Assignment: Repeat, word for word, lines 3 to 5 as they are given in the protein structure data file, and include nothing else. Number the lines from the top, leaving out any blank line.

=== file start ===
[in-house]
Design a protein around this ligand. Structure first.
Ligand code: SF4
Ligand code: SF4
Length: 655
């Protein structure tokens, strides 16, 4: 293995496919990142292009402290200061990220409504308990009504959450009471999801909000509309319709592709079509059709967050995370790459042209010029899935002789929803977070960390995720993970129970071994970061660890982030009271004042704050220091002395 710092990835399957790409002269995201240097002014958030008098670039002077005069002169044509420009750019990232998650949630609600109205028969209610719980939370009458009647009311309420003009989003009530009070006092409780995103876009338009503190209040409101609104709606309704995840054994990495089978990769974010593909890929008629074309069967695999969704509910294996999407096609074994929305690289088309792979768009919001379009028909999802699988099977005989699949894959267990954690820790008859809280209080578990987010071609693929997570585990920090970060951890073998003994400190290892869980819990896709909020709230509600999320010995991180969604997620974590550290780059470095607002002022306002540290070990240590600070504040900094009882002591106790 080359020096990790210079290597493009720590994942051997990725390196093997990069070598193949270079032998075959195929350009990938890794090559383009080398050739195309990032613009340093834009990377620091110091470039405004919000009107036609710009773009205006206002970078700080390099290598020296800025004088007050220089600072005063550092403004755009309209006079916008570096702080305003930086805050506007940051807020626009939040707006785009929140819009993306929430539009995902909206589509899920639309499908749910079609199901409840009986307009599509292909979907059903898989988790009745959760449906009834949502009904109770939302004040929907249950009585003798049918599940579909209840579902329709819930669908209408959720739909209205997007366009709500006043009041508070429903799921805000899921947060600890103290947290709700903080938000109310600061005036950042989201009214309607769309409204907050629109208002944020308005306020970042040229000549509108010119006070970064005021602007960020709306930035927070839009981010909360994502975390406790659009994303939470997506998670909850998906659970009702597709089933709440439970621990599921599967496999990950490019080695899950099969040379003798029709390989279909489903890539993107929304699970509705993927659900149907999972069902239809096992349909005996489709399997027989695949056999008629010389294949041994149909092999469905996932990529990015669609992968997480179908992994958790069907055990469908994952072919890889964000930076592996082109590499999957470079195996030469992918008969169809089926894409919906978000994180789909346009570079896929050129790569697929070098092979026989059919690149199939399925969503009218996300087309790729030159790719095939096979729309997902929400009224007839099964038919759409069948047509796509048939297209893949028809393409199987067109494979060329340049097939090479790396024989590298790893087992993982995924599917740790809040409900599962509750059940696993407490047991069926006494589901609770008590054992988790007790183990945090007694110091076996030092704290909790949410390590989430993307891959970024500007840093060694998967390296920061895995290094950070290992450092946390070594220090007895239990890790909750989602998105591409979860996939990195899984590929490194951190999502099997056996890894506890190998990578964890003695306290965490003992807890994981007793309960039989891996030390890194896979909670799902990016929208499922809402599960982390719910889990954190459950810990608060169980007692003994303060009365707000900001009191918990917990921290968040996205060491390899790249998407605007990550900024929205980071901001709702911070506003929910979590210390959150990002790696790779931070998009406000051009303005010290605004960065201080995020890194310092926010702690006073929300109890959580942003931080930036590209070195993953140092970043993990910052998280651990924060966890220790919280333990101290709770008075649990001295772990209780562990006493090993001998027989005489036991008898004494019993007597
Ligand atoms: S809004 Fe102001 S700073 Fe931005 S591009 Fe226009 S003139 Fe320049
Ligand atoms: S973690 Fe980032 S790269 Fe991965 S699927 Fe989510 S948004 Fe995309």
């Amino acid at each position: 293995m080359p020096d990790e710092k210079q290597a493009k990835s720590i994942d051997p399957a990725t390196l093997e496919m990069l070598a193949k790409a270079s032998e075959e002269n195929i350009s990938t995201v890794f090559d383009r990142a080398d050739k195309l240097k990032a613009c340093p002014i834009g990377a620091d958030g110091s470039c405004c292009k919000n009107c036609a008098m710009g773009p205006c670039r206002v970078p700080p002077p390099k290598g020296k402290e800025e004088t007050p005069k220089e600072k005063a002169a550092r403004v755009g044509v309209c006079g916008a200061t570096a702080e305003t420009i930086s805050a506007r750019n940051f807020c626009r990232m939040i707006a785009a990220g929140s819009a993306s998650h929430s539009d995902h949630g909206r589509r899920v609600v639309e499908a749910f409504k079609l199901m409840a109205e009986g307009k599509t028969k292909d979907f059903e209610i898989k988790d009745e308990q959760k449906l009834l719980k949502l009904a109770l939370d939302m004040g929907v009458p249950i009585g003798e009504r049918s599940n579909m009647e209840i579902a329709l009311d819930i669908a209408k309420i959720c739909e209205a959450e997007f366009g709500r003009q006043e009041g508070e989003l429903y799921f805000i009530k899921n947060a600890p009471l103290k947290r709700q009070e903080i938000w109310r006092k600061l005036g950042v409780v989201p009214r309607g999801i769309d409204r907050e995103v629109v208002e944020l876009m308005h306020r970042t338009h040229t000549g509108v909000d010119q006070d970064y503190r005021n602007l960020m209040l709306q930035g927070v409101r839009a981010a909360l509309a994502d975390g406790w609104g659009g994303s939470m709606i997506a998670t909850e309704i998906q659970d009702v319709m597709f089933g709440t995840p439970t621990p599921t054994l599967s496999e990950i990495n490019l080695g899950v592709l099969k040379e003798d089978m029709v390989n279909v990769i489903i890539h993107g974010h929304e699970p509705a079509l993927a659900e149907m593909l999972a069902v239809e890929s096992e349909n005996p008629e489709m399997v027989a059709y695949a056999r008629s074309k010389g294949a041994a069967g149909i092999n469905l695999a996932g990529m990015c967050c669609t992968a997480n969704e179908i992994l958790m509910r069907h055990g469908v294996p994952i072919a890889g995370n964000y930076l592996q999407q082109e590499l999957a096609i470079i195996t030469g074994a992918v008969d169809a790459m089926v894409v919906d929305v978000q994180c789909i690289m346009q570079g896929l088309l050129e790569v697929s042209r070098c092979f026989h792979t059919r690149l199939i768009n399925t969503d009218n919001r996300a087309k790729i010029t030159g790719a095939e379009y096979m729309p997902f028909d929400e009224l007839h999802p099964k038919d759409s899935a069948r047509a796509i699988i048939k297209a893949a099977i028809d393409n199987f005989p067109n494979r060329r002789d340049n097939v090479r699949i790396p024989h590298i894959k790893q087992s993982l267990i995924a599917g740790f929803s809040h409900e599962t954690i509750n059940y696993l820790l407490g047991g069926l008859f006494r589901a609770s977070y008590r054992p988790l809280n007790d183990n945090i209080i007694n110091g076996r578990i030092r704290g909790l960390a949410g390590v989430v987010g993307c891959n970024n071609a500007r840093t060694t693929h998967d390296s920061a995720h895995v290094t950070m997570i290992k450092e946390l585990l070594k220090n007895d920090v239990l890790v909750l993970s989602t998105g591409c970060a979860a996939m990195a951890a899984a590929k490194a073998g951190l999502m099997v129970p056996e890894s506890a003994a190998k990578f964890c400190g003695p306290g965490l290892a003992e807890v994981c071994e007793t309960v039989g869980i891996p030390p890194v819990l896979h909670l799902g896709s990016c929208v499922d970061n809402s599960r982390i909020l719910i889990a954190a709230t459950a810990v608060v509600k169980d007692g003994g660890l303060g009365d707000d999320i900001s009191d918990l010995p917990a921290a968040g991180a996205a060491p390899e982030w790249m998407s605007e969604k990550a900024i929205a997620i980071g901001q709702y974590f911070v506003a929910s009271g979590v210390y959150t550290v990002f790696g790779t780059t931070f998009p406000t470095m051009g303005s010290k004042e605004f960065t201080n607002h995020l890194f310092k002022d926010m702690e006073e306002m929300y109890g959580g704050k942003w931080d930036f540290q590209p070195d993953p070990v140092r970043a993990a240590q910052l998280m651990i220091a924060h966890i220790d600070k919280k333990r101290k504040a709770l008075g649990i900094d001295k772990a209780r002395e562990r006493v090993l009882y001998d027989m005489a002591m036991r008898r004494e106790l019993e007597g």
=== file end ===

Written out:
Ligand code: SF4
Ligand code: SF4
Length: 655